Grinding to Valhalla

Interviewing the gamer with a thousand faces

Ysharros (Chapter 2)

Posted by Randolph Carter on March 26, 2009

MMO community connection:

Stylish Corpse

Chapter 2: Origins

What kind of games (if any) did you play as a child before you got into video gaming? Did you play with family, friends or was it more of a solo activity?

All manner of boardgames, especially when I was visiting my tribe-sized family in Germany. I discovered an early aptitude for hide-and-seek and promptly had to give it up, since people could usually not find me. The usual pretend-games with other kids.

What other hobbies and/or activities did you have as a child (sports, music, etc)?

A little music, if repeating the same beginner’s guitar course for 3 years running counts. A couple of years worth of ballet, mostly to feed my mother’s nostalgia. I seem to recall playing soccer and running at school and loving a game we played in PE called “Pirates” — it involved making a sort of 3D obstacle course with a bunch of gym equipment (climbing bars, beams, mini-tramps, big mats, etc) and having half the class being the eponymous pirates chasing the other half as hapless victims on the high seas. Rule #1, don’t touch the floor! These days, that would probably get a school sued for reckless endangerment.

On the more cerebral side, my 5th grade teacher used to have us play a game remarkably similar to Trivial Pursuit. She had a bunch of questions on cards, and teams would take turns trying to be the first to answer them. It’s probably where my uncanny excellence at the Geography Triv questions comes from.

For much of my young and teen life, however, I would have killed or done worse to obtain a pony. In that, I suspect I’m no different from billions of other teen and pre-teen girls. I lived to ride, and never got to do enough of it (or indeed got my own pony). I did have motorbike though; guys dug that.

Were you ever exposed to pen and paper role playing games? What was that experience like?

I was exposed to them during secondary school (high school in the US), though I didn’t actually start playing until the late 80s and University. It’s through those game sessions that I met my BFFs, a half dozen people I will know for the rest of my life no matter where we are. From then on I played PnP solidly through the 90s, with that same group and other new arrivals. We played most everything under the sun, though a handful of systems were mainstays. The experience was so good I ended up co-writing a series of live-action role-playing games — where you stand around in costume talking about what you’re doing instead of sitting around a table talking about what you’re doing (politics- and backstabbing-heavy, light on the combat). I haven’t played much since I got to the States, but I still consider myself a PnP gamer.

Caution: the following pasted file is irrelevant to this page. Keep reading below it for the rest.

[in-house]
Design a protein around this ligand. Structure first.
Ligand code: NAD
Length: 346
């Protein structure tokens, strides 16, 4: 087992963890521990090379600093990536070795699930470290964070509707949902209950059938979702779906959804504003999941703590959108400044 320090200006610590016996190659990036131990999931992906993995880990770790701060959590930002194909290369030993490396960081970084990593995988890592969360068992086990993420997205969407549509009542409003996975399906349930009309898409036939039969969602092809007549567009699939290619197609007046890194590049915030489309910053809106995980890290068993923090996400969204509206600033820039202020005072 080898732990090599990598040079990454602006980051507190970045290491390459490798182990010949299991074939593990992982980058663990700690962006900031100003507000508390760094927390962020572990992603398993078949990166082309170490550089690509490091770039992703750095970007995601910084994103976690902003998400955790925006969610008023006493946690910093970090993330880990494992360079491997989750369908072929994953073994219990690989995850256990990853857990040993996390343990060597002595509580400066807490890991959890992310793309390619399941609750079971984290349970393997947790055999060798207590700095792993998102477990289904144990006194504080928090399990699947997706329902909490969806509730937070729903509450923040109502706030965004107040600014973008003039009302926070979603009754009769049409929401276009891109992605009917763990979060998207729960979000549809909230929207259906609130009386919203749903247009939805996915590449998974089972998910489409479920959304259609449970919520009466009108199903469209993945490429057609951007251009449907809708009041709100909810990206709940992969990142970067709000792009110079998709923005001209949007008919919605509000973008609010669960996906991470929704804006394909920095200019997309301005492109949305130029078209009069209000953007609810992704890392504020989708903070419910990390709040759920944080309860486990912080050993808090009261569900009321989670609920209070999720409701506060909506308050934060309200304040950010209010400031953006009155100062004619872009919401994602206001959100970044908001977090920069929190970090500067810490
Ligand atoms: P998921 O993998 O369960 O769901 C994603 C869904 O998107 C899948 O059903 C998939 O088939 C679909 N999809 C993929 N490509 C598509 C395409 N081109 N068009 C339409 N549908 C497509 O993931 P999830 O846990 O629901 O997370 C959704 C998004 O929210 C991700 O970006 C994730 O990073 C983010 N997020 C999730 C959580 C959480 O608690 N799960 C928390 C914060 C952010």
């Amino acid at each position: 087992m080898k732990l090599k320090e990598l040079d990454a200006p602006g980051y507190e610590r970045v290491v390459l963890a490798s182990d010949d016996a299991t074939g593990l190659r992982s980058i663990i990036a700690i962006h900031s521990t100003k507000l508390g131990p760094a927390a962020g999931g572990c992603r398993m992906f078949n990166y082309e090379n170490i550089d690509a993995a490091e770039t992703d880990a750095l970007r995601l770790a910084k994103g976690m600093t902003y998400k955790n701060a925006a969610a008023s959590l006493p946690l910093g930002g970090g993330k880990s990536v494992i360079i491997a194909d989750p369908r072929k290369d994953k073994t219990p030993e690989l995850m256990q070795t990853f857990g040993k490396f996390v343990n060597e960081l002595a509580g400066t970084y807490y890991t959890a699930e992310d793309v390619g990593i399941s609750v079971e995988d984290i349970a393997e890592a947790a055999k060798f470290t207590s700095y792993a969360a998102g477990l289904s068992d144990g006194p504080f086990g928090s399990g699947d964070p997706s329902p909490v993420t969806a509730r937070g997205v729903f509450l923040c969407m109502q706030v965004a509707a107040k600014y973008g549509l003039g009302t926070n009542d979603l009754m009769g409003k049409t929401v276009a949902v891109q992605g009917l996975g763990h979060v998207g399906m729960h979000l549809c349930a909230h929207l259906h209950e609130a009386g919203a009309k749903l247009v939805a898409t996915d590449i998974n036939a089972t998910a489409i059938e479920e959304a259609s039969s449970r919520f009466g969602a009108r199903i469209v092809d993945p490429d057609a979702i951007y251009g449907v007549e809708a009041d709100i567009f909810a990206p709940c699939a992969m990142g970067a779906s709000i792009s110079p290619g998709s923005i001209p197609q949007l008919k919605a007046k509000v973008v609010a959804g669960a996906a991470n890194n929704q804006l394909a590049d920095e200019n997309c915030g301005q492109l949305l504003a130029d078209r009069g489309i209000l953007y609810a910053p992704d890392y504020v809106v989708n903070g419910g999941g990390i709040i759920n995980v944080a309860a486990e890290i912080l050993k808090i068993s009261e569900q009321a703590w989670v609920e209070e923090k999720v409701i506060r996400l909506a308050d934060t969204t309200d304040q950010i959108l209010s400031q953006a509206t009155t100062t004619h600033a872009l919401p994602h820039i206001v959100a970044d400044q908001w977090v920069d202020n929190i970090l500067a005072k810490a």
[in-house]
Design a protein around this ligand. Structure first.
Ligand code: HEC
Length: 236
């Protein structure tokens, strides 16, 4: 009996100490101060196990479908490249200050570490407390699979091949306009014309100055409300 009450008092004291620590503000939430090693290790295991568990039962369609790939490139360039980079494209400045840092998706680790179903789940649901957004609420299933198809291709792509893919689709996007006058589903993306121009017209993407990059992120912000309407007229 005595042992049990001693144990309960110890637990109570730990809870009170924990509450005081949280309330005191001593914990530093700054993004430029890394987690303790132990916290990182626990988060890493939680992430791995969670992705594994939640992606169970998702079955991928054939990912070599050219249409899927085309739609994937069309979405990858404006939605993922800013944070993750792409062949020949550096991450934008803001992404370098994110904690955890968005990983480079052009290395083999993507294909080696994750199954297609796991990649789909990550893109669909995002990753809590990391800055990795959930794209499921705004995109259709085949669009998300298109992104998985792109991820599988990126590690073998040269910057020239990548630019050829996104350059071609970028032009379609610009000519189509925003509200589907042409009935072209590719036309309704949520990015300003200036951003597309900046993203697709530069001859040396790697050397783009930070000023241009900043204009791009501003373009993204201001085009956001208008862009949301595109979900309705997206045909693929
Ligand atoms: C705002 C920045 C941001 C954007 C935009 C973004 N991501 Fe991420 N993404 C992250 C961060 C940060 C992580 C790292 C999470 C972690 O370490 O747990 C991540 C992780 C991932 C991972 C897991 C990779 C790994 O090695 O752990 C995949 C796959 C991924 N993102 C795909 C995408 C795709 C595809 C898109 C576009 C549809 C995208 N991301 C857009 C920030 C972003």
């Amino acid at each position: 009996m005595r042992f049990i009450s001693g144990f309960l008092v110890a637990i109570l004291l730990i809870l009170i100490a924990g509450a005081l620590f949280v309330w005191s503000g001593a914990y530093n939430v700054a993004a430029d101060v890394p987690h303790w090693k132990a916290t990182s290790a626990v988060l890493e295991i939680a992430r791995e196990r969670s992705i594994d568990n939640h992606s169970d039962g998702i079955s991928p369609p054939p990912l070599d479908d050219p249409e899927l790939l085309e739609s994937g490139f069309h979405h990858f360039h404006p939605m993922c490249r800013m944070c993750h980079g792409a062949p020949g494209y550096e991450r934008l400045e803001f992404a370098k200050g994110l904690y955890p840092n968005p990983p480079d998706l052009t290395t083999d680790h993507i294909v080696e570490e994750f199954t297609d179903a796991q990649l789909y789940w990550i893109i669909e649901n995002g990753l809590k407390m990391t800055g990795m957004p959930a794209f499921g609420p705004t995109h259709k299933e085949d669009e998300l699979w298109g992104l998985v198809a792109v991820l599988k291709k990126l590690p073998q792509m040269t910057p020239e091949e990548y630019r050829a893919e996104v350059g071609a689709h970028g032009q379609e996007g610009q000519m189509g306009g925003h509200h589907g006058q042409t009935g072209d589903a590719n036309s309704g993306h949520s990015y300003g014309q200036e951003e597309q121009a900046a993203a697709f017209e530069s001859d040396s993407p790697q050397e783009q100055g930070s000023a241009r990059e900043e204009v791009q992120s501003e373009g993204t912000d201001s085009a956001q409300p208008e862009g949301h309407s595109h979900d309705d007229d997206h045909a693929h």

Did you read much as a child? If so, what did you like to read (books, comic books, etc?) Please list some favorite authors, titles, etc.

My French family and my mother are all incredibly voracious readers, and most of my paternal grand-dams (the female side) were teachers; I was taught to read before I was 4, and encouraged to pretty much read anything I could lay my hands on. Books of all kinds and all genres, from Nancy Drew to The Weirdstone of Brisingamen and A Wrinkle in Time to the Hobbit and even Roots, as encouraged by my mother when we moved to West Africa; I was 10, and I’m pretty sure a great deal of it went straight over my head. I read a lot of comics too, mostly French ones (huge fan of the Yoko Tsuno series — Google it).

I still read like a termite eats wood. Favourite fantasy/sci-fi authors include William Gibson, Barbra Hambly, C J Cherryh, Ursula LeGuin, Sheri Tepper, Iain Banks. Favourite more mainstream authors include Sara Paretsky, Dorothy Dunnett, Andrew Vacchs, and the 19th century classics (Dickens, Twain, etc). I am currently not allowed to hit Amazon or a “real” bookstore without a responsible adult in attendance.

Would you say that any of these games or books had an effect on your later appreciation of computer gaming and ultimately MMOs? Please explain.

Yes. A widely-read mind is a more tolerant and imaginative mind, open to new ideas and experiences.

How were you fist introduced to video games? How old were you? What was the platform?

PacMan and SpaceInvaders – do they count? In the early 80s I was gifted my first computer (a Vic20) and pottered around with that for quite some time. While it was fun, I was very jealous of my friends with ZX Spectrums (81s?) because of the Hobbit game you could get for that.

Did you ever play coin-op games at the arcade? What was that experience like?

See above. They were fun, of course! At university (late 80s) we had some of those early “hold a gun and shoot at the screen” games that were fun too, though I wasn’t all that good at them.

What was the first video game you can remember playing that really made an impression on you? Please explain.

PacMan. It was in colour, it rocked, and you could turn the tables on the #(*&@ monsters and eat THEM. What more can you ask?

What gaming consoles have you owned in the past?

Err…. not much of a console person. I’ve had a PlayStation and a PlayStation 2, and I think that’s about it. Don’t burn me.

Feel free to share a story related to your gaming experience as a child.

I’m old enough to remember fairs and arcades as gaming experiences rather than home computers or consoles. I *do* remember kicking some wicked ass at the air-gun stand when I was about 9, and bugging my grandparents for more money so I could win an absolutely HIDEOUS green glass bottle that they lovingly kept and which I have probably inherited, now that they’re both dead.

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